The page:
[O]ur culture is the most important front. And the three most important pillars of that culture are Hollywood and pop culture, along with education and the media. Those three are absolutely controlled by the left.
We must recapture or replace the “commanding heights” of the culture.
It is long overdue. The Right-O-Sphere is but a first step.
Otherwise, merely political gains will be built on sand.
Fear God and dread nought.
It can be done.
Family is what motivated Andrew. I know someone must have known him without Susie, but not I. It has always seemed to me like they have been together forever. He dedicated his most recent book to his kids, writing: “Too many people fought to create this country” for us “to squander it in a generation. . . . I cannot stand on the sidelines as you and your generation are being handed the tab.”
From K-Lo at the Corner. RTWT.
4 thoughts on “Quote of the Day: Andrew Breitbart”
In a small way, I’m doing my best with my books. Along about 2004, I started to have this absolute conviction that as Americans, we needed to reclaim our history, our memories of the past, and I began to think that by writing stories abouts that past would help. I am afraid that most people seem to learn history through the medium of popular culture.
I began to believe that if I could make a ripping good yarn out of something like my first book, To Truckee’s Trail, I could remind people that most of our metaphorical ancestor-Americans were good, well-meaning and decent people in challenging times. Perhaps I could make a start at claiming back some ground for us. We have to have some kind of honor to believe in, we have to know what the people who founded and built America stood for, what they valued, why they acted as they did. To not know our history is to live in a kind of cultural sensory-deprivation tank. And it’s even worse to believe that our metaphorical American ancestors were nothing but a bunch of unrelieved no-goodnicks. To believe that is a kind of cultural suicide.
So that is the ground that I am fighting for – our cultural memory.
I did something like that with my history of medicine. We now have a world where the American College of Physicians
has revised the code of ethics to include something called “Parsimonious Care.” That means a quality of care that you wouldn’t want for your family or yourself but it will save money and fit well with Obamacare. The book is still selling well on Amazon 8 years after I self published it. No university press was interested. It couldn’t be less PC and I have frankly been surprised by the people who agreed with me. As an example of my Breitbart-like opinions, I think Freud was a scam on the order of global warming. Maybe I should write another book. I actually have one in manuscript.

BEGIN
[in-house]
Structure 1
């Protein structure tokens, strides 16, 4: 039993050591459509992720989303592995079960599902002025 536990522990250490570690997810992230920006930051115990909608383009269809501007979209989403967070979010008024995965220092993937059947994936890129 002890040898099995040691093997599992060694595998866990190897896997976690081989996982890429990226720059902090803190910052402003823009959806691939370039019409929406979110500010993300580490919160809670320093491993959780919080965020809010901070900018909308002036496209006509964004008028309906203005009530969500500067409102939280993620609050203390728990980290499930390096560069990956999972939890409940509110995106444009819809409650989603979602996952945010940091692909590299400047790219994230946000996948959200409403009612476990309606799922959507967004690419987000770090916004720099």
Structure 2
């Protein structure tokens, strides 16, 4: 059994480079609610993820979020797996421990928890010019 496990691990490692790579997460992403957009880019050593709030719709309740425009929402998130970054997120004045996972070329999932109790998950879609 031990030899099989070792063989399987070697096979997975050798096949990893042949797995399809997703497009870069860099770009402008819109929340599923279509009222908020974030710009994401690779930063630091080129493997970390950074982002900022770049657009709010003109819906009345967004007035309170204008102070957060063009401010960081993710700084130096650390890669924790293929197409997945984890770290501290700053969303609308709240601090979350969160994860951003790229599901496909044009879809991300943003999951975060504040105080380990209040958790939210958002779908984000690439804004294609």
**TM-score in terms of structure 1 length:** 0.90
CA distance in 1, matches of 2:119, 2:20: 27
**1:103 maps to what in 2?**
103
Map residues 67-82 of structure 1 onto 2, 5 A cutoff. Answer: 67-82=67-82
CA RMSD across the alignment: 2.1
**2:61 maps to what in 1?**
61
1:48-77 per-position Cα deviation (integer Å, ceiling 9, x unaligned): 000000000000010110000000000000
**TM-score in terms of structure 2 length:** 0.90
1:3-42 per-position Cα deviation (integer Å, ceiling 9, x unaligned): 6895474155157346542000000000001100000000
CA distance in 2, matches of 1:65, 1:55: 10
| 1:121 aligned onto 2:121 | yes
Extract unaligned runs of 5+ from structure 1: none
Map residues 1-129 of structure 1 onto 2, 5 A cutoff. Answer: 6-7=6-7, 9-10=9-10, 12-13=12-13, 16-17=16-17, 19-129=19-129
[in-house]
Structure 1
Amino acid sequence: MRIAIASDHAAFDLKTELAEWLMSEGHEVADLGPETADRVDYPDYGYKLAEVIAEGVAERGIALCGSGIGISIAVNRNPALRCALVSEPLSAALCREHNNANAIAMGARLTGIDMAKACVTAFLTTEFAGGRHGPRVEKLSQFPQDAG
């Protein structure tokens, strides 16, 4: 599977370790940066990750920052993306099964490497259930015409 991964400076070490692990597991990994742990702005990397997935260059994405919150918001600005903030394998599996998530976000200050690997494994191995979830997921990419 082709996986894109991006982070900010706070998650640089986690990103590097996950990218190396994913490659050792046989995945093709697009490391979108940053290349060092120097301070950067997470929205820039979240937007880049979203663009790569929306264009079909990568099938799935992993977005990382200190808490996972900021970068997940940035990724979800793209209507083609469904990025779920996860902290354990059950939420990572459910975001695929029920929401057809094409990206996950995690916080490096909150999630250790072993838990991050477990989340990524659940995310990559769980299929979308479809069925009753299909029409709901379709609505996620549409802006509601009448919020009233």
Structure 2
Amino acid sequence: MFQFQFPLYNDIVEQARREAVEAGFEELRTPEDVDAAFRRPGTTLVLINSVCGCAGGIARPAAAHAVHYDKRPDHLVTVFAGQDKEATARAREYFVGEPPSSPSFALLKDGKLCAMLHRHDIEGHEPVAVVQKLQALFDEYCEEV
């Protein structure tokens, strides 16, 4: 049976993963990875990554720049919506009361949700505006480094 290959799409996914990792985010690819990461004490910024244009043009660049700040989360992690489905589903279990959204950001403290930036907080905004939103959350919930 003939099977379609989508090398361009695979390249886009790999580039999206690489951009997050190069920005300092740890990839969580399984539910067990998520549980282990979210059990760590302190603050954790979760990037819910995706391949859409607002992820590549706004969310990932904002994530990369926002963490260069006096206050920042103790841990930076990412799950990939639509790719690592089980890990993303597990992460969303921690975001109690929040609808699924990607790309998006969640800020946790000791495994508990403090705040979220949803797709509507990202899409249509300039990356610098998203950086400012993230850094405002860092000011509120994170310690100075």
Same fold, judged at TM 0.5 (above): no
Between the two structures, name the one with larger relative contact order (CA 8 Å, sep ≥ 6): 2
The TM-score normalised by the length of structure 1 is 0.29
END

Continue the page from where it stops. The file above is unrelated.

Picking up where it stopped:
I am very sorry for his family. RIP.
Breitbart’s death came as a shock – not because I’d followed him closely, not only because he was only 43, not only because it was clearly so sudden. It came as a shock because he seemed, well, life in motion. Roger Simon’s headline – “A Whirlwind Dies” – that was the feeling. I’d delighted in how he’d played the media in the Acorn scandals, delighted in the energy and apparent humor he took to the ramparts, noticed the way he was maligned and how he triumphed through transparency – and how others feared that clarity. But he seemed to be having fun. And, well, I’d taken him for granted. How often I take for granted the people and insights of those who delight me. And, then, pouf, he was gone.
But the strength of his argument lies in the response – “we are all Breitbarts now.” Sgt Mom’s and Michael Kennedy’s response was to describe action. Theirs was positive action. That is what Breitbart advocated. That is what the Tea Party advocates. Here is Breitbart’s epiphany in Righteous Indignation:
But along with these realizations came another realization. I began to see the fundamental flaw in the left’s scorched-earth tactics – they can only tear down, not build up. And it hit me that the tearing down of The Other wasn’t enough. Every time I did a Fox News hit where I attacked Michael Moore, no matter how valid the attack, no matter how much I had raised my fledgling Q rating, I felt emasculated and cheapened because I was only tearing down, not building. I felt the inherent lack that resides in the right, which was so removed from the cultural process because it had self-removed, abdicated its responsibility to be a steward of the culture, handed over the entire means of representing the United States abroad and teaching Americans about America at home to the hard left.
The Tea Party is abuilding and so are the other projects he touched. It isn’t what we don’t like (and there is plenty of that in the present administration), it is what we do like that will define us, and be an appropriate legacy to a man who did die young.
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